I thought of the following project that I want to pursue:
I want to create a C++ program, that can play audiofiles and visualize the amplitudes of individual frequency bands in real time (e.g. with bars).
I did some search on google, and I found that SDL provides libraries that might do the trick. First I read about the format in which an audio file is saved (more specific uncompressed .wav files, as they seem to be the easiest to read). However, even though I now know how I can get the data of the file, I don't know what it tells me. I mean, how many bytes do I have to read to get one sample, how is the sample saved (I think it's not a direct representation of the frequency space), and so I really have no idea how to work with it. As a direct consequence, I neither know how to play the files. Then I found SDL, and figured it should be able to extract the information that I need. Looking through the SDL wiki I was not able to find out how I have to proceed, though.
I have done some basic C++ programming in the past, I think I'm on a high enough level to do this on the programming side. I have, however, now worked with binary files so far. Also I have a strong maths background, the maths involved are no problem at all.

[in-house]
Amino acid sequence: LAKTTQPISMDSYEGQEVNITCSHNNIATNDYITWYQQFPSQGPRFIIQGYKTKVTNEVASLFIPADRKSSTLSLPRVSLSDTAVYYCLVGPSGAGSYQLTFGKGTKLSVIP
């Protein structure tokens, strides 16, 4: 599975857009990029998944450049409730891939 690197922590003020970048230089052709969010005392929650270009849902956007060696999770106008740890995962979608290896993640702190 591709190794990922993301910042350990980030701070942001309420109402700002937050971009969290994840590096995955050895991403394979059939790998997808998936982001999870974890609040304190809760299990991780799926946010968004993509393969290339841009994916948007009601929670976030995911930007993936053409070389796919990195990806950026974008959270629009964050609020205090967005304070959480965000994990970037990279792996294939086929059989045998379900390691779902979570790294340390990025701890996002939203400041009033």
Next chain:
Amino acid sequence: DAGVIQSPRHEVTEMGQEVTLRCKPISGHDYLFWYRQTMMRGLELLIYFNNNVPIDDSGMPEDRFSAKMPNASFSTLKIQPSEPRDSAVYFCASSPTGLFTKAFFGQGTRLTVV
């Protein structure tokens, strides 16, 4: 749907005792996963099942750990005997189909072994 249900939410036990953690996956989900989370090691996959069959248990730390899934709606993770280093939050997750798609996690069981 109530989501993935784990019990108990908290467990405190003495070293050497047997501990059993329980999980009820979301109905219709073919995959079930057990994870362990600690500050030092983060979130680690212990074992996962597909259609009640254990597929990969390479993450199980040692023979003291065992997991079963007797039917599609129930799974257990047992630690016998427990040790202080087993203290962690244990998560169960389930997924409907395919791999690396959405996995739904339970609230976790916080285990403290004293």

The ultimate goal would probably be to do the frequency analysis of all audio output or input, but I read that this depends heavily on the operating system used. Also, applying filters in real time would be a nice thing to do, but this should be rather advanced. Hence just playing an audio file and visualizing would be the first goal.
So to sum up, I think my question is the following:
What does the data in an audio file tell me? How can I get it to a state such that I can do a frequency analysis? How can this be done in real time, while playing the audio file? Is SDL a good choice for this, or is there a better way without taking away all the work (I wouldn't like to just use a program that does everything as I need it, I want to do something of my own!)?
Any ideas and inputs are much appreciated!
PS: I'm not sure I'm on the right stackexchange here, but I really couldn't find out where else this would fit.